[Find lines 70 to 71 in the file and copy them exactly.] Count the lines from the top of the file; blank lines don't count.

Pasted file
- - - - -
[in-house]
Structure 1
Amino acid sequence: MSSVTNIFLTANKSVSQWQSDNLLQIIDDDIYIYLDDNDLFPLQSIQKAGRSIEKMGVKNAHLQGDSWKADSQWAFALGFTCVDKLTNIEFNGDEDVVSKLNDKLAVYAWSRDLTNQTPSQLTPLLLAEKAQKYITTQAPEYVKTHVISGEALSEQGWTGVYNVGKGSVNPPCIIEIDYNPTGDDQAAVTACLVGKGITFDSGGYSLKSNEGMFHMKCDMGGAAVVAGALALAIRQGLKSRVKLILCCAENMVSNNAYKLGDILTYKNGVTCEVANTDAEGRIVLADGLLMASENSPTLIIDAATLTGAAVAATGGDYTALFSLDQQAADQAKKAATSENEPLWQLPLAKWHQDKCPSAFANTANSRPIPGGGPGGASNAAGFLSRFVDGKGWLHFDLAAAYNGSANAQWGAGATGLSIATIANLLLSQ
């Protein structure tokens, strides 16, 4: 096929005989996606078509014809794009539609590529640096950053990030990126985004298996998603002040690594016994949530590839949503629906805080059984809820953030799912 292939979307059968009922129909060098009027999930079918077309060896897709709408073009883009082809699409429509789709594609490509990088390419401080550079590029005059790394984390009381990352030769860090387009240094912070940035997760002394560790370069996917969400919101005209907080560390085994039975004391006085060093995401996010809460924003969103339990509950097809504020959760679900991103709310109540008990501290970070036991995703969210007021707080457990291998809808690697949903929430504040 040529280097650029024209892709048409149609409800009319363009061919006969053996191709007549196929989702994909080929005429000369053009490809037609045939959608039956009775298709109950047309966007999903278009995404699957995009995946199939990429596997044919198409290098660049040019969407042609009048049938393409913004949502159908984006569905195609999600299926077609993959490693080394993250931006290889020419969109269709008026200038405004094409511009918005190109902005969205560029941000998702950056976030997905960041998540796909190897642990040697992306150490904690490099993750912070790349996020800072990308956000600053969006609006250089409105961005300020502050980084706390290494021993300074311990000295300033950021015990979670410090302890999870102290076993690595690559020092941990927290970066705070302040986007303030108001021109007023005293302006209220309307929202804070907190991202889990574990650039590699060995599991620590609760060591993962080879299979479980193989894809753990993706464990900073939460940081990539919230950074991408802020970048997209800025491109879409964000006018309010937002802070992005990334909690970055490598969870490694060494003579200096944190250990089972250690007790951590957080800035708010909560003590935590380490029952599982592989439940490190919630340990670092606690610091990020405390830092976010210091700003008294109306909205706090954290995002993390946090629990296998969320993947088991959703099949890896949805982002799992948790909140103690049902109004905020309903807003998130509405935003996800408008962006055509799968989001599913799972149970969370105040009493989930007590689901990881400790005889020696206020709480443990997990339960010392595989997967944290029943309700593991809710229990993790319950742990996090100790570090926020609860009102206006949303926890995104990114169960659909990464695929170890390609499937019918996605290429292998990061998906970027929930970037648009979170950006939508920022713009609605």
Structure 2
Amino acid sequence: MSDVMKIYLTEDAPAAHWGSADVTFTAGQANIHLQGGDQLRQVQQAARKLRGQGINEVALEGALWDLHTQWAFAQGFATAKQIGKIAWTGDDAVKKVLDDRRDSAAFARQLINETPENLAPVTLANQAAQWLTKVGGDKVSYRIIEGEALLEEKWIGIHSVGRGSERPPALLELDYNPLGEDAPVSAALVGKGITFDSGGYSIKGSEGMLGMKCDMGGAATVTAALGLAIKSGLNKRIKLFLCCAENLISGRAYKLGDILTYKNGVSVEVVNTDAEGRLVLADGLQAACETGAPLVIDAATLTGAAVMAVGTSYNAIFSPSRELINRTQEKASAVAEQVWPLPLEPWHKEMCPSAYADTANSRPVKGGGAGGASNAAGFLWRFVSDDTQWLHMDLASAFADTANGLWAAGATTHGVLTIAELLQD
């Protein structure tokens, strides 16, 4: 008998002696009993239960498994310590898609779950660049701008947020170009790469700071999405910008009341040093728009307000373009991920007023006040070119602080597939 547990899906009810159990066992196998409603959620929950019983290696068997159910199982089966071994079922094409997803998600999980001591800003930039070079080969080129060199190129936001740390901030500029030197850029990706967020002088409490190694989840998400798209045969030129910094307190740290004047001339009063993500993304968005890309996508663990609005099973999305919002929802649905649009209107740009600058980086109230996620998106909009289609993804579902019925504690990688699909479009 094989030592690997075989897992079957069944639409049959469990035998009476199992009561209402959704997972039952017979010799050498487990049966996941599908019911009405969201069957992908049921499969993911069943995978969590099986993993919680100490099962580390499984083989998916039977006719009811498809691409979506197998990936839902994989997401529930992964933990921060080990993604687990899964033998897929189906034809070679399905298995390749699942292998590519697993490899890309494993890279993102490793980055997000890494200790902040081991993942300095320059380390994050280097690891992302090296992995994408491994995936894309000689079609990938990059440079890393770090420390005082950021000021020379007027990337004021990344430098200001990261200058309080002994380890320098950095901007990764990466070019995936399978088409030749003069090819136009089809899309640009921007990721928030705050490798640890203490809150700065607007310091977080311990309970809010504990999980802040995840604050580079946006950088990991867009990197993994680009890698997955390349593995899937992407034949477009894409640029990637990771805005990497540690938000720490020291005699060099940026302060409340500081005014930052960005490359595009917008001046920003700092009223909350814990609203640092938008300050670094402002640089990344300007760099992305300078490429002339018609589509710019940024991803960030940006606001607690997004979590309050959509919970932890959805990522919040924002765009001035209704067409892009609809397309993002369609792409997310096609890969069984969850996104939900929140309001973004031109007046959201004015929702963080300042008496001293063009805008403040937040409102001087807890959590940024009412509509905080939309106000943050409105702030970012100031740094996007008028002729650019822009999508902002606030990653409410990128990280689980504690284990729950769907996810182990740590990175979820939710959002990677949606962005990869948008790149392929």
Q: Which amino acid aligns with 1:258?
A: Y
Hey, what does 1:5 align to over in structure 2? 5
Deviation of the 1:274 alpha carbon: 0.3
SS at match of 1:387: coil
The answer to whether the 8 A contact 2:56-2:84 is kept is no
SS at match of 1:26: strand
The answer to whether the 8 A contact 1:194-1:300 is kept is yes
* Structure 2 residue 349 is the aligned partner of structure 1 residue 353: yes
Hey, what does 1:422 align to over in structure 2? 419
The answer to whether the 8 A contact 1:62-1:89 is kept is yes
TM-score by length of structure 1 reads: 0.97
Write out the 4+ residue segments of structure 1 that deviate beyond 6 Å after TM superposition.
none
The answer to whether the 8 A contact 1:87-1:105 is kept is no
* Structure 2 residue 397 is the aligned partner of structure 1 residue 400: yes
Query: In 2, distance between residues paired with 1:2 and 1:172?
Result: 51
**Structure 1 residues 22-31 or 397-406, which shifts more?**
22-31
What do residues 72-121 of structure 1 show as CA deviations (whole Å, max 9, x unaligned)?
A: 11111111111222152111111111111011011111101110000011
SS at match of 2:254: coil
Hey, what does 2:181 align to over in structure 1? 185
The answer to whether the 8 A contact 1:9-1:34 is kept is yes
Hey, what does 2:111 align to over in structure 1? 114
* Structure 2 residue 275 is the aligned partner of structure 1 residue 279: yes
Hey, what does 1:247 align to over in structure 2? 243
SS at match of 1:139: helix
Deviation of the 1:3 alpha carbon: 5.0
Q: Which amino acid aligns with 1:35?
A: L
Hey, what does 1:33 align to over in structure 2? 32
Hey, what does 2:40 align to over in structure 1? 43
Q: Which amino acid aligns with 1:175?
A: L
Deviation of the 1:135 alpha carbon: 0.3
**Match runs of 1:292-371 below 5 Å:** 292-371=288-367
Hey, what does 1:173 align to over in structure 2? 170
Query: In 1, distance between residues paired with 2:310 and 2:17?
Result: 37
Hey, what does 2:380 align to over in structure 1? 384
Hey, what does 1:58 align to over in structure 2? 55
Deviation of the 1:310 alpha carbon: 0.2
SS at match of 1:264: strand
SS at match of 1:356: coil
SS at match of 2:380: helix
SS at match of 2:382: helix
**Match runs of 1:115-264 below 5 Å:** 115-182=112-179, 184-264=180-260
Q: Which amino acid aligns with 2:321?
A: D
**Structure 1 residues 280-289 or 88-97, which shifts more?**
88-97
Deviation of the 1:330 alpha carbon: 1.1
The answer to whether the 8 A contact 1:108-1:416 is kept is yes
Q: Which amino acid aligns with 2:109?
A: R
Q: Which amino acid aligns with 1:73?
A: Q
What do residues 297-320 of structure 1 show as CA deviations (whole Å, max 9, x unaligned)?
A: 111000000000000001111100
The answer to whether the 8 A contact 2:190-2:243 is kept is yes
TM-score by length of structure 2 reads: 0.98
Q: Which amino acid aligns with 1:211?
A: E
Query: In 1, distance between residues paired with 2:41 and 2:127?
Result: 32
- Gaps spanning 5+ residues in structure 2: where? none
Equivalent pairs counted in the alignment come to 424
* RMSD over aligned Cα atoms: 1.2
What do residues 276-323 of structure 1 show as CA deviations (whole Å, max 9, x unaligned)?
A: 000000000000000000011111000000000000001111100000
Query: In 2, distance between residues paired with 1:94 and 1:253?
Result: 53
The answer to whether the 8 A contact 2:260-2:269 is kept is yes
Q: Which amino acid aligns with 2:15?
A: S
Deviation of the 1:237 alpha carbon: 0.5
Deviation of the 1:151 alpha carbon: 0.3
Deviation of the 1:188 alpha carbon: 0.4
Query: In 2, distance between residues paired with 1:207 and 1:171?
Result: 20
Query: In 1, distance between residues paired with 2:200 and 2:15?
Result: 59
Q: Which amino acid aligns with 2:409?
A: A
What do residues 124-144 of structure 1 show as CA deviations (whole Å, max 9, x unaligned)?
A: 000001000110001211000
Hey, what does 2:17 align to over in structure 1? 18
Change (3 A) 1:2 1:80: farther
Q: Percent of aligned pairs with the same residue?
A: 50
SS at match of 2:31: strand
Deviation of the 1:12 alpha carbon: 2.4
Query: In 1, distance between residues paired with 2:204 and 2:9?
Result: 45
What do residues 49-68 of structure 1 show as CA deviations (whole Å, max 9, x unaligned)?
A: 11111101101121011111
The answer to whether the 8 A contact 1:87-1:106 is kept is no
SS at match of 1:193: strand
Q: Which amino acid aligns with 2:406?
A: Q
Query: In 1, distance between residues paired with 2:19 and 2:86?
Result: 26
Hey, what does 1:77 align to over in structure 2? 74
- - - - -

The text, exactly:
TM-score by length of structure 2 reads: 0.98
Q: Which amino acid aligns with 1:211?